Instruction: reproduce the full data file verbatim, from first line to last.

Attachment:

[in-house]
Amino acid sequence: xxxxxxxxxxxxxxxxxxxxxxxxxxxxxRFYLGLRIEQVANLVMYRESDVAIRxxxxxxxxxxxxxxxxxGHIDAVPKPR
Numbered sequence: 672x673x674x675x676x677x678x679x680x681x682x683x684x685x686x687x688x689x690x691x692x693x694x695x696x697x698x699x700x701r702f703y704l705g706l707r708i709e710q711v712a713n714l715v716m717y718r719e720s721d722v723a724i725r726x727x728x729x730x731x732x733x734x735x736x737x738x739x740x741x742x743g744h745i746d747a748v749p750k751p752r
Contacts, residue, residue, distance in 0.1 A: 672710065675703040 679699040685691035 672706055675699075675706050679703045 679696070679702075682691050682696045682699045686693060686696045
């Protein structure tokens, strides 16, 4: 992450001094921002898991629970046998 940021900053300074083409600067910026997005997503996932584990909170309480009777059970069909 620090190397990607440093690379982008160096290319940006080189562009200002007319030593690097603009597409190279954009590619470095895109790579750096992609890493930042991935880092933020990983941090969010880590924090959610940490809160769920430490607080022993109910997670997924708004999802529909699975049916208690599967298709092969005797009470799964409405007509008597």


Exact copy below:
[in-house]
Amino acid sequence: xxxxxxxxxxxxxxxxxxxxxxxxxxxxxRFYLGLRIEQVANLVMYRESDVAIRxxxxxxxxxxxxxxxxxGHIDAVPKPR
Numbered sequence: 672x673x674x675x676x677x678x679x680x681x682x683x684x685x686x687x688x689x690x691x692x693x694x695x696x697x698x699x700x701r702f703y704l705g706l707r708i709e710q711v712a713n714l715v716m717y718r719e720s721d722v723a724i725r726x727x728x729x730x731x732x733x734x735x736x737x738x739x740x741x742x743g744h745i746d747a748v749p750k751p752r
Contacts, residue, residue, distance in 0.1 A: 672710065675703040 679699040685691035 672706055675699075675706050679703045 679696070679702075682691050682696045682699045686693060686696045
């Protein structure tokens, strides 16, 4: 992450001094921002898991629970046998 940021900053300074083409600067910026997005997503996932584990909170309480009777059970069909 620090190397990607440093690379982008160096290319940006080189562009200002007319030593690097603009597409190279954009590619470095895109790579750096992609890493930042991935880092933020990983941090969010880590924090959610940490809160769920430490607080022993109910997670997924708004999802529909699975049916208690599967298709092969005797009470799964409405007509008597």